Whether you call them diamonds in the rough, hidden gems, sleepers, or anything else, we’re all looking for those players who we can grab in late rounds of our drafts who will perform like those high round picks that drive our team. There are plenty more than are on this list, but let’s just stick with one per position.
C: Welington Castillo, BAL
The right handed backstop finds himself in just as hitter friendly a ballpark and division as he left. Castillo offers formidable power numbers for a catcher (19 HR in 2015 and 14 in 2016), and is in a lineup that should play more consistently around him than his former team in Arizona which should lead to a slight increase in peripheral stats like runs and RBI. These slight improvements should help Castillo finish the season in the top 10 for catchers.
1B: Steve Pearce, TOR
Now that he’s out of Chris Davis’ shadow, Pearce should excel for a Blue Jays team that just lost their superstar first baseman via free agency. Granted, Pearce will not put up the same numbers that Encarnacion did, but he is a very serviceable option at corner infielder in most 10 team leagues. With Justin Smoak constantly struggling to stay over the Mendoza line, I would be hard pressed to believe the Blue Jays stay with him for very long, in favor of Pearce who has a career slash line almost 30 points higher at each stop along the line. Pearce should crack the top 20 easily and maybe the top 15 by the end of the season.
2B: Logan Forsythe, LAD
A change of scenery can make all the difference in a player’s career and in Logan Forsythe’s case, his good fortune is your good fortune. A career high in three baggers and round trippers in 2016 helped Forsythe crack the top 15 for second baseman in 2016 and all of that was in a lineup that couldn’t protect him or drive him in in Tampa Bay as well as his new home in Los Angeles can.
3B: Alex Bregman, HOU
Okay, okay, so maybe he’s not a total sleeper because he does have some hype around him but I still like him. If you look at Bregman’s minor league stats as a whole they’re quite good for the 22 year old. They are split up here and there because he kept getting called up (which is not a bad thing) but across 146 minor league games from 2015-2016, Bregman put up a .300/.388/.503 line with 24 HR, 95 HR and 20 SB to go along with that. After his July call up, Bregman got better as the season progressed posting an abysmal .045/.125/.045 line in July followed by better lines of .274/.333/.479 and .323/.344/.692 in August and September. His strikeouts are somewhat worrisome when you look at his 24% strikeout rate in the majors vs his 12% rate in the minors but since he’s such a young hitter it doesn’t bother me enough to pass on the 20/20 potential here.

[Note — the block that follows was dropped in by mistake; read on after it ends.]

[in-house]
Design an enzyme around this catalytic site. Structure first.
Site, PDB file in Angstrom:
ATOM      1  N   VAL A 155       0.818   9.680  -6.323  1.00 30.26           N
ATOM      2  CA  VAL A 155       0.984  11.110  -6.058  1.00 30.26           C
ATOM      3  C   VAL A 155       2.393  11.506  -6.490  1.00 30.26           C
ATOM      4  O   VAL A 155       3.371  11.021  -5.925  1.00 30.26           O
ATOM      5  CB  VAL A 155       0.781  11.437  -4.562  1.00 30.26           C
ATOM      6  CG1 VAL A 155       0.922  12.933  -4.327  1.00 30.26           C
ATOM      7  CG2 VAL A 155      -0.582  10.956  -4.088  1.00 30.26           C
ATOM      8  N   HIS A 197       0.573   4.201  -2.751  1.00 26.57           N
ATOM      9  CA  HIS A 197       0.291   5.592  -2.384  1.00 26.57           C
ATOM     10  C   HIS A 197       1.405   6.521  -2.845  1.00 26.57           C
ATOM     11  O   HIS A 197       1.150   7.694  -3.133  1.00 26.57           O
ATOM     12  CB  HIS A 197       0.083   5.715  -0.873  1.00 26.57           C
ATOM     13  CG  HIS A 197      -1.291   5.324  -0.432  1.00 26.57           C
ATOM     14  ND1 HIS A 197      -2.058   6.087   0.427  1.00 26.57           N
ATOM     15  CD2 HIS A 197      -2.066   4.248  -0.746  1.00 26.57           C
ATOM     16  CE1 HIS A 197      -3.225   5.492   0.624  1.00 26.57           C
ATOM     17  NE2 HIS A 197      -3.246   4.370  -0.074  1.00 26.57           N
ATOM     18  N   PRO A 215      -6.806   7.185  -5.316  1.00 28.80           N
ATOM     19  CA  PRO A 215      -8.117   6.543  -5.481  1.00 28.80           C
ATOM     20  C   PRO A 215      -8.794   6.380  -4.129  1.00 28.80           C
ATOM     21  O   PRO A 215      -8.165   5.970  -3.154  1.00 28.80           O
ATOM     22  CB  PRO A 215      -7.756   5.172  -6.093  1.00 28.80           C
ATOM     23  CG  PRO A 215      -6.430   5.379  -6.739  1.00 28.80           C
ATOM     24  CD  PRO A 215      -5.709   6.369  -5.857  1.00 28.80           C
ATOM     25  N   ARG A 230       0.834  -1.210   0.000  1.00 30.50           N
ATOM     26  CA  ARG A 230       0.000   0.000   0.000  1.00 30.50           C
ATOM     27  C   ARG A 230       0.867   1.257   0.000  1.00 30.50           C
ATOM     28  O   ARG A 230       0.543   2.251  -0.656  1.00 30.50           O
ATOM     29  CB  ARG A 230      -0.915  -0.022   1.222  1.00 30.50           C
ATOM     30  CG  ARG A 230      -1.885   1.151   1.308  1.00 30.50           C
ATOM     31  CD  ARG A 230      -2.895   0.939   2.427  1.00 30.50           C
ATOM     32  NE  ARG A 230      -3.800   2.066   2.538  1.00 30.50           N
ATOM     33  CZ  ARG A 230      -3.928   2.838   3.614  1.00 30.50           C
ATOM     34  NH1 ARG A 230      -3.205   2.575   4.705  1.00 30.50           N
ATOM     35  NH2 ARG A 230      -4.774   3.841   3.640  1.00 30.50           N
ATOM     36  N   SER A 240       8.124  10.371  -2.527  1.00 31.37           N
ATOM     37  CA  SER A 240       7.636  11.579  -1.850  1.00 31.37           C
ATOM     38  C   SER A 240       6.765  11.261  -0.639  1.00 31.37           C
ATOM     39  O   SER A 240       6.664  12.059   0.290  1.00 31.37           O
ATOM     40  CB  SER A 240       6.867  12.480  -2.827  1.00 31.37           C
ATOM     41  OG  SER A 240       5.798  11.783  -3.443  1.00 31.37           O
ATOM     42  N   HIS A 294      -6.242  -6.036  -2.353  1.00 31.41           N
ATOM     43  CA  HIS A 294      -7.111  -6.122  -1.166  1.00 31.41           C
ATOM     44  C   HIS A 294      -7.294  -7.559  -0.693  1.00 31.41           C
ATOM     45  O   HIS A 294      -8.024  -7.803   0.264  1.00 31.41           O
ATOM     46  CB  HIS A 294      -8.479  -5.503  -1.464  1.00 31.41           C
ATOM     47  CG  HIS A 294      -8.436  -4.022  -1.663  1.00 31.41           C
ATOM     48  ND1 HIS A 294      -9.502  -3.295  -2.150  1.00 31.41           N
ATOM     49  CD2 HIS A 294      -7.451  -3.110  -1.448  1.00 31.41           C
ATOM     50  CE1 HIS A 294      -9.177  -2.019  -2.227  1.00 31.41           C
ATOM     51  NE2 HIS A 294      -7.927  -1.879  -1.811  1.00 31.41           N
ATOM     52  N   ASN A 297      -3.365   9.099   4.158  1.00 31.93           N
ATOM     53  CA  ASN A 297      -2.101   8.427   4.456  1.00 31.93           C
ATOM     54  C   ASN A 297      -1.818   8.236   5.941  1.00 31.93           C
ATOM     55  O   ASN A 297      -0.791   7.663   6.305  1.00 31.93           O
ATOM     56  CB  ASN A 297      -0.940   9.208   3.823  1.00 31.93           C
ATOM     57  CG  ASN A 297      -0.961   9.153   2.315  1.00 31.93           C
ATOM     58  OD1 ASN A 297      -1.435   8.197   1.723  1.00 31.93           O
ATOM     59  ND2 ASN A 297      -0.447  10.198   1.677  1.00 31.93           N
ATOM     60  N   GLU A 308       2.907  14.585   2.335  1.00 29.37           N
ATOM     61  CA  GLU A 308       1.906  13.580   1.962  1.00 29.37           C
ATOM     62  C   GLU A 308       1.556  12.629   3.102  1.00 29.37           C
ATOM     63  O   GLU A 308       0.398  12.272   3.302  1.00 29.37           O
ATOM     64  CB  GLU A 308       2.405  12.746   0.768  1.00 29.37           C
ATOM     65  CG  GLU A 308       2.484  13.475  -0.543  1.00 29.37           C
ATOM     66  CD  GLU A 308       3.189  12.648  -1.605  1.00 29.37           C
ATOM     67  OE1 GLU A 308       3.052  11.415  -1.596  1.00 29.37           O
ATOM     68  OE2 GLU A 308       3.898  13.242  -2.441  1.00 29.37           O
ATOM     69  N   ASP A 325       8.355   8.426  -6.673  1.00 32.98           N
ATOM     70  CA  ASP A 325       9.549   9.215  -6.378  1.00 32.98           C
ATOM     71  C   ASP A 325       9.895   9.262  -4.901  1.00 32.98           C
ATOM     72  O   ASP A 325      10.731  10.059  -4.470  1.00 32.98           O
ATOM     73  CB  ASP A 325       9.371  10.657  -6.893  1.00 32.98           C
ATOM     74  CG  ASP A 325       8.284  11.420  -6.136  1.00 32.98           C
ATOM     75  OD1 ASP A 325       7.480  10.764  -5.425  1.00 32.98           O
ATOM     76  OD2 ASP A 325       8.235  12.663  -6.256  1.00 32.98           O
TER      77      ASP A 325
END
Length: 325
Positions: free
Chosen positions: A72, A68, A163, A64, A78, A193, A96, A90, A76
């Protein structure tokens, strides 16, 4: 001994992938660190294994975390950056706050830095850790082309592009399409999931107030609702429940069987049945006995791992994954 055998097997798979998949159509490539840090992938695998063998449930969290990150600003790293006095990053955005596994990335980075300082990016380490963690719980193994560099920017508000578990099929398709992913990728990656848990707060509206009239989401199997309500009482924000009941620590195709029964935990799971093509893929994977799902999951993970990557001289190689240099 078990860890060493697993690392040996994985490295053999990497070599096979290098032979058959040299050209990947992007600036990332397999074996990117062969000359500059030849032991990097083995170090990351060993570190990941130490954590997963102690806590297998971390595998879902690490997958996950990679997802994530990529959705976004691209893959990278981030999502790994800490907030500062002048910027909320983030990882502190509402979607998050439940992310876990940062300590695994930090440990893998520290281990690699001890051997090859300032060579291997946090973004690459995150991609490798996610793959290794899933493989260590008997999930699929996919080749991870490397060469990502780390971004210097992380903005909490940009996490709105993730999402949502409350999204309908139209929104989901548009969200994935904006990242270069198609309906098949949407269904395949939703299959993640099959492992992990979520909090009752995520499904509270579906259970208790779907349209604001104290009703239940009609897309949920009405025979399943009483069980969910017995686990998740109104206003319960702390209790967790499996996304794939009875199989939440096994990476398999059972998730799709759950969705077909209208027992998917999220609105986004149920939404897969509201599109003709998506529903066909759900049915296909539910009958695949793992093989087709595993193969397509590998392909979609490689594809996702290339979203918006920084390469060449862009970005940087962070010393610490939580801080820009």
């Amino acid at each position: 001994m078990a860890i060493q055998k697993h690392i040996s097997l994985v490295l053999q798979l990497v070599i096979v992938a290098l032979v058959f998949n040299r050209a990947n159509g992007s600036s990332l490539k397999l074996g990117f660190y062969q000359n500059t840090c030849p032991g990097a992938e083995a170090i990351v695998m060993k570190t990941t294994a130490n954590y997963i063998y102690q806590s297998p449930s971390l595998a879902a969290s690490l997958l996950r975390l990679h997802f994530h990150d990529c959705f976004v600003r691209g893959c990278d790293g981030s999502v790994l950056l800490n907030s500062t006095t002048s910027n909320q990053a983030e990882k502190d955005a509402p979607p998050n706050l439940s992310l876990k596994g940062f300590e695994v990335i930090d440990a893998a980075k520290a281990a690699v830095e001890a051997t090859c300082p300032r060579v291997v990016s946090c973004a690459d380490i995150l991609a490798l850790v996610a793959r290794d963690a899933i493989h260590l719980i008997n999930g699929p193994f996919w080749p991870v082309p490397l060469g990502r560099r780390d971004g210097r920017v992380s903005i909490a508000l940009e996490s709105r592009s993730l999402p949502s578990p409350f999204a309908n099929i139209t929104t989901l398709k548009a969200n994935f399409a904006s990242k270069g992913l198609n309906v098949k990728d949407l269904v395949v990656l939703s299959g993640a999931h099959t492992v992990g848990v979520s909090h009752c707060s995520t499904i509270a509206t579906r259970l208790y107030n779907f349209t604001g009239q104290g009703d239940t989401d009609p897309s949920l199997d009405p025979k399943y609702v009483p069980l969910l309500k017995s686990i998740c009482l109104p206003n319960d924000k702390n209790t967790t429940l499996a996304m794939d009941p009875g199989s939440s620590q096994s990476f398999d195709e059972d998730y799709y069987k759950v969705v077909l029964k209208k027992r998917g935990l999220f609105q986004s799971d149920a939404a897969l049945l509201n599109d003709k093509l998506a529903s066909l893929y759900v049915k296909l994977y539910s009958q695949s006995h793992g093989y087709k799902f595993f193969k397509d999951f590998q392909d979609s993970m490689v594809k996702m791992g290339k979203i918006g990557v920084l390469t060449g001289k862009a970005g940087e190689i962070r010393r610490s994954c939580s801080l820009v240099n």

SS: Jose Peraza, CIN
Part of this pick is Peraza’s versatility, part is his talent and whether you agree with one or the other (or none), Peraza should be on your draft board. With Brandon Phillips now gone, Peraza could see some playing time there this season which could open up his elligibility (on top of his existing OF play) if need be. Peraza only played in 72 games last season, but with the aforementioned departure of Brandon Phillips he should see a rise in number of games played which will help you rack up those stolen bases as he becomes more of an everyday player. Don’t be surprised if he swipes 40 bags while batting around .300, making him a slightly safer speed option than his teammate Billy Hamilton.
OF: Matt Kemp, ATL
Yes he’s still relevant, I was surprised to learn this myself last year. While not a true sleeper by most definitions, this is more so about Kemp being projected much, much lower than he should be. The Braves outfielder finished last season in the top 20 for his position but projections have him in the 30s this year which makes him a prime player to drop to you in your draft. Kemp started the season in San Diego, putting up decent numbers out there but really turned it on after being traded to Atlanta. In 56 games with Atlanta, Kemp put up a .280/.336/.519 slash while drastically improving his K/BB line from 6.25 in San Diego to 2.8 as a Brave. Whether he improved his approach at the plate or if he saw better pitches because of better protection in the lineup is still to be seen but I’d take my chances that he is a top 20 outfielder again this season.
SP: Jose Berrios, MIN
For the late season call up who posted an 8.02 ERA, a career 2.89 ERA in the minors has to give us hope that he just had some stage fright to work through. Berrios’ ground out to air out numbers did not help his cause when he got the call up last year, posting a still respectable .74 GA/AO that was well below his career average of .92. Regression to his career average is the goal for Berrios this season, which should help limit the number of longballs he surrenders (12 in 14 games last year) as long as he keeps the ball down. Also, a FIP mark of 6.20 shows that Berrios should not shoulder then entire blame for his sub-par debut. A full off season and spring training with the Twins should be very beneficial to the young Right hander. I don’t see Berrios going any higher than the top 60-70 but for someone being projected barely inside the top 100 for starters, I’d be more than willing to grab him with a late round pick and reap the benefits.
RP: Ken Giles, HOU
Giles was the recipient of bad luck last year. His 4.11 ERA was not indicative of how well he pitched last season. Giles had a FIP mark of 2.86 which is a much better indication of the season he had on the field behind him. Giles posted a career high 14 K/9 mark, which shows he’s missing more bats than ever. The rest of Giles’ stats are a mirror image to his 2015 season which garnered attention from the Astros who then went out and traded for the hard throwing closer. Don’t let Giles’ high ERA scare you off from a top 10 fantasy closer this season.